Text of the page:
Who We Serve

Patients and families

Patients and families served by The Jewish Chaplaincy cover the spectrum of Jewish identity. They can be religious or secular, American-born or émigrés from the former Soviet Union, Iran, North Africa and Israel. They come from traditional and non-traditional families, from the mid-Peninsula, throughout the Bay Area, across the country and around the world. They may be single, from same-sex relationships or in families that blend different faith traditions. Ages range from newborns to the elderly and they are from all walks of life.

How we identify Jewish patients

We visit patients who list their religious preference as Jewish when they are admitted to the hospital. We also visit patients referred to us by hospital staff as well as by patients themselves, their families or clergy. Importantly, we take steps to protect patient privacy and confidentiality in keeping with national guidelines (HIPPA) that govern hospital care.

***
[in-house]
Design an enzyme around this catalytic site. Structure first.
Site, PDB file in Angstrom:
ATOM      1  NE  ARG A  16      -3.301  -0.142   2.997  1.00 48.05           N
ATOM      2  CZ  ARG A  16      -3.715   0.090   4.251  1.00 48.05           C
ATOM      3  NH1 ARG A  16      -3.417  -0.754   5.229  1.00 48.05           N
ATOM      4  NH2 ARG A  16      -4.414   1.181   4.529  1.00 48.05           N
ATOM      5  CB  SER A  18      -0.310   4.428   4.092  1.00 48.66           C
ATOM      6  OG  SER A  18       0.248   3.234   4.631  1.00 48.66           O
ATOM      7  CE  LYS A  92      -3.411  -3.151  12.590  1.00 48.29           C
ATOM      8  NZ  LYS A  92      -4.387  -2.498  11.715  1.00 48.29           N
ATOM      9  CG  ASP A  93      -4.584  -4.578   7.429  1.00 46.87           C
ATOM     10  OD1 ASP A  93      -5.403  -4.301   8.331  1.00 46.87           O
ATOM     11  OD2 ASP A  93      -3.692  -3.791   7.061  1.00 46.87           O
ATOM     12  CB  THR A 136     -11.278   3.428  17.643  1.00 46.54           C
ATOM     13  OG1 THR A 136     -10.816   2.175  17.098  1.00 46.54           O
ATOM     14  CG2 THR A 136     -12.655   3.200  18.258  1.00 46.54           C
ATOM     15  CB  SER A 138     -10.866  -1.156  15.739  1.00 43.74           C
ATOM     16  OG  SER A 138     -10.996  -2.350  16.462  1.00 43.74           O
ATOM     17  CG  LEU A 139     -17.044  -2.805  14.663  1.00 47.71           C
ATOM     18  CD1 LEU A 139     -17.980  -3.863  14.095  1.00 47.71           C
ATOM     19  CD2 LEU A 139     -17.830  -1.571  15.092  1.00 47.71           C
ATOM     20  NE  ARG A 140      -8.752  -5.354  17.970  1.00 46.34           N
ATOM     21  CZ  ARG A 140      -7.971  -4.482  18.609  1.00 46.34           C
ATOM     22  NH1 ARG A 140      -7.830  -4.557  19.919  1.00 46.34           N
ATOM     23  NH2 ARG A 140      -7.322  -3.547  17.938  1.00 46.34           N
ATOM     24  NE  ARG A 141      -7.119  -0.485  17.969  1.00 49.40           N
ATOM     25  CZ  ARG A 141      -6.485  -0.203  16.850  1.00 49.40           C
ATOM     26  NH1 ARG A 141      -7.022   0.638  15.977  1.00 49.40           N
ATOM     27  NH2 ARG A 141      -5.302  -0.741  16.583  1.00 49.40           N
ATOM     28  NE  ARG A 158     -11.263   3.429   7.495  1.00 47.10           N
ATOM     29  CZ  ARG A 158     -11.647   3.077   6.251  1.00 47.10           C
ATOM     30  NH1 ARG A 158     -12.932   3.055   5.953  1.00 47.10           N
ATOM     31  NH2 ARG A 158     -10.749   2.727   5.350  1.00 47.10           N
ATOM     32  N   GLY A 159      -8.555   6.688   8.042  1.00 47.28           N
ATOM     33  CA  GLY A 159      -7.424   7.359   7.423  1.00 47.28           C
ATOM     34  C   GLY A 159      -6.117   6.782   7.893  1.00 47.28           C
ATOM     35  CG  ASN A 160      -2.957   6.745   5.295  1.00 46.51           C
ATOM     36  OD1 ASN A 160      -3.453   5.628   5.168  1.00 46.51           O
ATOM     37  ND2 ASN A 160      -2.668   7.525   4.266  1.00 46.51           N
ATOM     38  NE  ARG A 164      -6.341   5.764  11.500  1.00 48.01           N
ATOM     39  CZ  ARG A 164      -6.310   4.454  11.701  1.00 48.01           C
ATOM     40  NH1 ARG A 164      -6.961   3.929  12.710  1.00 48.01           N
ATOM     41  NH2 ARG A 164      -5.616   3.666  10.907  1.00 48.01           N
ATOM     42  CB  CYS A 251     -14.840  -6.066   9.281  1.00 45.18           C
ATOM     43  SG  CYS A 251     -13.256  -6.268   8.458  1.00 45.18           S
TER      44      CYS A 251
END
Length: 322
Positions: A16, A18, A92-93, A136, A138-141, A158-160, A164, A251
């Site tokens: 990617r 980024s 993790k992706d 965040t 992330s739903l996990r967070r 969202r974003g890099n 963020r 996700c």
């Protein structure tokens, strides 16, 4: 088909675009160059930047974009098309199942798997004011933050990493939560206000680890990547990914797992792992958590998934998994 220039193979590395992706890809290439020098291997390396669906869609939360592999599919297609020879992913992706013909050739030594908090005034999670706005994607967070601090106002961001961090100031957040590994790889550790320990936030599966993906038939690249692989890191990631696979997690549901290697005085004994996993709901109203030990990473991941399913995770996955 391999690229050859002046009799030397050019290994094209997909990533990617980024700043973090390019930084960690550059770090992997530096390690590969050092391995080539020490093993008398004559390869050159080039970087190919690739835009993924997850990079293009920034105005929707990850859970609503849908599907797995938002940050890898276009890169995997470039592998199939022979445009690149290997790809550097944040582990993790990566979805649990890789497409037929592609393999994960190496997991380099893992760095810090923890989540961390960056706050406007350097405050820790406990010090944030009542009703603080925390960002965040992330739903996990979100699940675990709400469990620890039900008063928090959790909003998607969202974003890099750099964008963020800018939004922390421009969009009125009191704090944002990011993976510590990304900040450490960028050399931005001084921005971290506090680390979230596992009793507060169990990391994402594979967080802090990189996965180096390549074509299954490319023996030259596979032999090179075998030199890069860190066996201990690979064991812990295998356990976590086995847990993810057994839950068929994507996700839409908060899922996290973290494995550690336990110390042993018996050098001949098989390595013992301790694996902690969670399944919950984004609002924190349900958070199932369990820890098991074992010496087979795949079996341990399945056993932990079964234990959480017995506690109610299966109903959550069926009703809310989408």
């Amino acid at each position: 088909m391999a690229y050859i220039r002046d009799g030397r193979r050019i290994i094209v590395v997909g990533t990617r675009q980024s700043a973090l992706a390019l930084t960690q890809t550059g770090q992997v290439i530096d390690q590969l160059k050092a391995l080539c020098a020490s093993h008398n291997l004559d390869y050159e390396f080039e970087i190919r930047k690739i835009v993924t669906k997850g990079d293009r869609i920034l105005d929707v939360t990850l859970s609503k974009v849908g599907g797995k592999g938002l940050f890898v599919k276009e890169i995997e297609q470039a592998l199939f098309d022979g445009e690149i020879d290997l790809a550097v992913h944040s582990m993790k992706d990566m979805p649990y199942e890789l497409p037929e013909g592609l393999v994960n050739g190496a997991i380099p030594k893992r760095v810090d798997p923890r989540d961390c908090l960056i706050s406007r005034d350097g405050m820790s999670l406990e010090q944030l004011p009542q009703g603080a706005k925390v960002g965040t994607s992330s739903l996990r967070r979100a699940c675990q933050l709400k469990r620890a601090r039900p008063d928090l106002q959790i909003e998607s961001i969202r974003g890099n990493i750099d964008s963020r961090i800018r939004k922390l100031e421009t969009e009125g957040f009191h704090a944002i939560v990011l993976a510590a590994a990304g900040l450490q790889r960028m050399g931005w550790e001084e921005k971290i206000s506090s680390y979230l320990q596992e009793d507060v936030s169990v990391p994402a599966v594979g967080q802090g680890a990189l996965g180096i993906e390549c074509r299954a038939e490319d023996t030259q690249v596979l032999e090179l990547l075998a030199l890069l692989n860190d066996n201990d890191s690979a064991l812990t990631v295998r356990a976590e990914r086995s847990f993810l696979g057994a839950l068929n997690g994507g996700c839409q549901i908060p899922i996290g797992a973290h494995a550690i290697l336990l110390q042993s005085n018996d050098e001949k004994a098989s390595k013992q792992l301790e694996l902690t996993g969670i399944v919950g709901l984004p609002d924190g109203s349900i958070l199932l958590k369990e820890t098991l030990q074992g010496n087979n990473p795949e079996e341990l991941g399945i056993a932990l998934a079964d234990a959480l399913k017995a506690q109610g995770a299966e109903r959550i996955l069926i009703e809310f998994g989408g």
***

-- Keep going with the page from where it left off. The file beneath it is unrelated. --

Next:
When we visit

The Jewish chaplains and spiritual care volunteers make regular visits to hospitalized patients on weekdays and most weekends unless a patient does not wish to be visited. The chaplains also provide visits by special request to patients in other locations, such as the emergency department, endoscopy center, catheterization lab, outpatient clinics and the Cancer Center. A Jewish chaplain is available 24 hours.

Health care professionals and area clergy

The Jewish Chaplaincy educates current and future health care professionals through programs at the hospitals and Stanford University School of Medicine. For example, Chaplain Feldstein teaches a required class at the School of Medicine titled "Spirituality & Meaning in Medicine" and an elective class titled "The Healer's Art." At the hospitals, physicians and staff often ask the Jewish chaplains for guidance on how best to care for patients going through difficult times. The chaplains also provide spiritual care for the staff.

The Jewish Chaplaincy collaborates with Jewish clergy who may refer their congregants. Clergy may also contact the Jewish chaplains to better understand what members of their congregations may be facing during a difficult time. With the permission of patients, the chaplains will contact a patient's clergy.